There are friends and then there are friends. We have some friends who are really just acquaintances and then we have some friends who may be as close as (or closer than) family. Too often in our churches today, fellow church members are typically more near to the former than they are to the latter. We, as a group, are just not forming the deep relationships we need.
Scripture tells us we’re to be one body. We’re supposed to be mutually supportive of each other. We can’t do it all alone, meaning we need our Christian brothers and sisters. While we know this and we say this, if we examine our relationships within the church and in para-church ministries, most of us have very shallow friendships.
As soon as he had finished speaking to Saul, the soul of Jonathan was knit to the soul of David, and Jonathan loved him as his own soul. And Saul took him that day and would not let him return to his father’s house. Then Jonathan made a covenant with David, because he loved him as his own soul. – 1 Samuel 18:1-3, ESV
These verses are probably familiar to you. We see them a lot in church and in devotionals (I’ve used them before, I know). While they are familiar to us, we’re not very good at building similar types of relationships. We need these types of relationships in order to try and walk more righteously. After all, we’re continually battling sin and the wickedness of our hearts. We know the cliche, “people are basically good,” is wrong. The Bible reminds us of that. Therefore, we must understand that we can very easily deceive ourselves. Usually this starts as a “small” sin and builds from there. We can justify or minimize what we’re doing. Therefore, we need friends who will hold us accountable. We need friends who will help restore us when we fail. Friends that are closer to acquaintances can’t and won’t do this. That’s why we need godly friends.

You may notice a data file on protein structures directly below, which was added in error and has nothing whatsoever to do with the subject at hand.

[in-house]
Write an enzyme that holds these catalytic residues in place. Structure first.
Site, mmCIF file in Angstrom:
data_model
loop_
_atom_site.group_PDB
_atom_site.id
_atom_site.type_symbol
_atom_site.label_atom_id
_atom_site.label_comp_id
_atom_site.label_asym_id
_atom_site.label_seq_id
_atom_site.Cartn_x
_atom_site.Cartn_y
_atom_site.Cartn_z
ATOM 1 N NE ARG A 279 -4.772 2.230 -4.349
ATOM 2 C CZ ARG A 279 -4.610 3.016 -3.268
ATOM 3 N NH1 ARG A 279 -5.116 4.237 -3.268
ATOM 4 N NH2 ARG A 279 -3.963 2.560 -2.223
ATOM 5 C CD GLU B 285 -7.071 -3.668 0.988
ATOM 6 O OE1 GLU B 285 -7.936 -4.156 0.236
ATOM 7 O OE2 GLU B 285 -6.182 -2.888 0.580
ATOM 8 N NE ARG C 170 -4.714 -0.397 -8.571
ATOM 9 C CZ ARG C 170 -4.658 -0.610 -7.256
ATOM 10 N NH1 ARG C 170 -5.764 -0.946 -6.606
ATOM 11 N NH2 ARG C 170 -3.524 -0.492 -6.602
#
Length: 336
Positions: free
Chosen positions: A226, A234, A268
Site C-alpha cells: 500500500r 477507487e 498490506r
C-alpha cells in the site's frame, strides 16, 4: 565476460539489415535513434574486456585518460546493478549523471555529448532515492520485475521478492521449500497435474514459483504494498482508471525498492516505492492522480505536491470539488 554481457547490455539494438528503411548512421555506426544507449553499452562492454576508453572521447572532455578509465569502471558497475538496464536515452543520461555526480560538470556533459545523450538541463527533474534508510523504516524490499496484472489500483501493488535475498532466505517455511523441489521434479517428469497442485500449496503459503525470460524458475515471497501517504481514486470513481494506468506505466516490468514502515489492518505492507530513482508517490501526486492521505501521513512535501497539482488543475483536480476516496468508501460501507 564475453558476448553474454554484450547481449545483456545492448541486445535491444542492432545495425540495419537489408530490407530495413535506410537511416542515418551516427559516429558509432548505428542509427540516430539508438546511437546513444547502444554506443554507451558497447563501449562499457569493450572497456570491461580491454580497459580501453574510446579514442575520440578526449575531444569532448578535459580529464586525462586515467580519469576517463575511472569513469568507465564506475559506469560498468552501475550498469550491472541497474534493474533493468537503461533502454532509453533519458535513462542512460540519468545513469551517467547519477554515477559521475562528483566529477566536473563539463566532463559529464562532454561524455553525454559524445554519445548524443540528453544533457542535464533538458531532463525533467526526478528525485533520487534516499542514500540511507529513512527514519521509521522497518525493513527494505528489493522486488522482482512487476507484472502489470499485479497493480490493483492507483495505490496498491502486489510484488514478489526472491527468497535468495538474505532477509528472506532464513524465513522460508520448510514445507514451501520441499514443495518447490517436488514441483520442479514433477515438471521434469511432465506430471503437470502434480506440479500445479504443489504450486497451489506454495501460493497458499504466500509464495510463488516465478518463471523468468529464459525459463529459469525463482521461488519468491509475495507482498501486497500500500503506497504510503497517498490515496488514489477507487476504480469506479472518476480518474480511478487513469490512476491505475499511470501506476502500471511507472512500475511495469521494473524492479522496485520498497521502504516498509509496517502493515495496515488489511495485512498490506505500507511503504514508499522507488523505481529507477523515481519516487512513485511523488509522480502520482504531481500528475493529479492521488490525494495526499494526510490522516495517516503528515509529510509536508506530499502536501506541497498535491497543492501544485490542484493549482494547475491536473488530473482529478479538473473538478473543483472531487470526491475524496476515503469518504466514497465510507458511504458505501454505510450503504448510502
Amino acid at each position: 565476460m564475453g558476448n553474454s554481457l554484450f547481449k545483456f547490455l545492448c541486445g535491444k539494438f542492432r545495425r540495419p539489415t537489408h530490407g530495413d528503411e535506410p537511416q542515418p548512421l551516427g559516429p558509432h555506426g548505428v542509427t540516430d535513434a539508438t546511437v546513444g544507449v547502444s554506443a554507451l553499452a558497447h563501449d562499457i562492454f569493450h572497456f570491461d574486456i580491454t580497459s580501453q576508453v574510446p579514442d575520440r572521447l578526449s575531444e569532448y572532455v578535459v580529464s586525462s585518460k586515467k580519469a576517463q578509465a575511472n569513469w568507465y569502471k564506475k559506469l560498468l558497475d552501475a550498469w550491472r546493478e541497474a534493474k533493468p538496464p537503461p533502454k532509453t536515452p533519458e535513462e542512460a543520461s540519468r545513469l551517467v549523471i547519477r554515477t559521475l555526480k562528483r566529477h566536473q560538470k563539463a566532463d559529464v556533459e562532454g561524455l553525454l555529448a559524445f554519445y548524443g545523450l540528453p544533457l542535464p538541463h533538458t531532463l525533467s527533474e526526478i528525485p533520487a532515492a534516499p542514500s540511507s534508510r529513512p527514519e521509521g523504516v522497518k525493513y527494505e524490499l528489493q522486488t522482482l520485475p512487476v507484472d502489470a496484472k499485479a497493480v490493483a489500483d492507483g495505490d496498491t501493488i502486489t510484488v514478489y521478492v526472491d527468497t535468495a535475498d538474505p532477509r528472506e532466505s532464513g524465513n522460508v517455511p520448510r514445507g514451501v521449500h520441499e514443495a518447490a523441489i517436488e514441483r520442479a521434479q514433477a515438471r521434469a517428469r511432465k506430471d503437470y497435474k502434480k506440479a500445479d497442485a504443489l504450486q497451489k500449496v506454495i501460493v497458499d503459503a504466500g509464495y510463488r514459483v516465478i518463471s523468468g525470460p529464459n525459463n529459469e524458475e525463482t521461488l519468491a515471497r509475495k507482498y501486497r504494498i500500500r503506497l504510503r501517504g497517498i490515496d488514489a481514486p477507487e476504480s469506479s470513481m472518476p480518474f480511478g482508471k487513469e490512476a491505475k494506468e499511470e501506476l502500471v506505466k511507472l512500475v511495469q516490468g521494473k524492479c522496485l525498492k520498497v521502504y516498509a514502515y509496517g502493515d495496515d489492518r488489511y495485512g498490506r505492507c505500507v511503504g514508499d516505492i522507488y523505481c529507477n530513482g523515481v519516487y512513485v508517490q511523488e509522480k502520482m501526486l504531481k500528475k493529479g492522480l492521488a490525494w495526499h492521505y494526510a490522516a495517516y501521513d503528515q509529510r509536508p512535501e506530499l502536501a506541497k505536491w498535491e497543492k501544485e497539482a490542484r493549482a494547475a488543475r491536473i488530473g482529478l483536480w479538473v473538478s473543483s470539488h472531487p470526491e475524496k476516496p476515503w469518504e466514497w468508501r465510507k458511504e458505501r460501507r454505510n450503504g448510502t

We are also reminded that often times we don’t receive because we don’t ask (persistently). We may occasionally hear a sermon on it, but if we’re truthful with ourselves, most of us aren’t asking for godly friends, despite the fact that we need them very badly. Asking for godly friends fits with God’s will. It goes back to the concept of one body of believers, mutually encouraging each other. However, when we pray for godly friends, we shouldn’t just pray once or a few times and then be done. This should be an ongoing prayer concern of ours. As a start, we should always be praying for the development of new, godly relationships. But we should also be praying for a deepening of the existing godly relationships we develop. Let us pray persistently and urgently for godly relationships, for godly friends, because we need them so.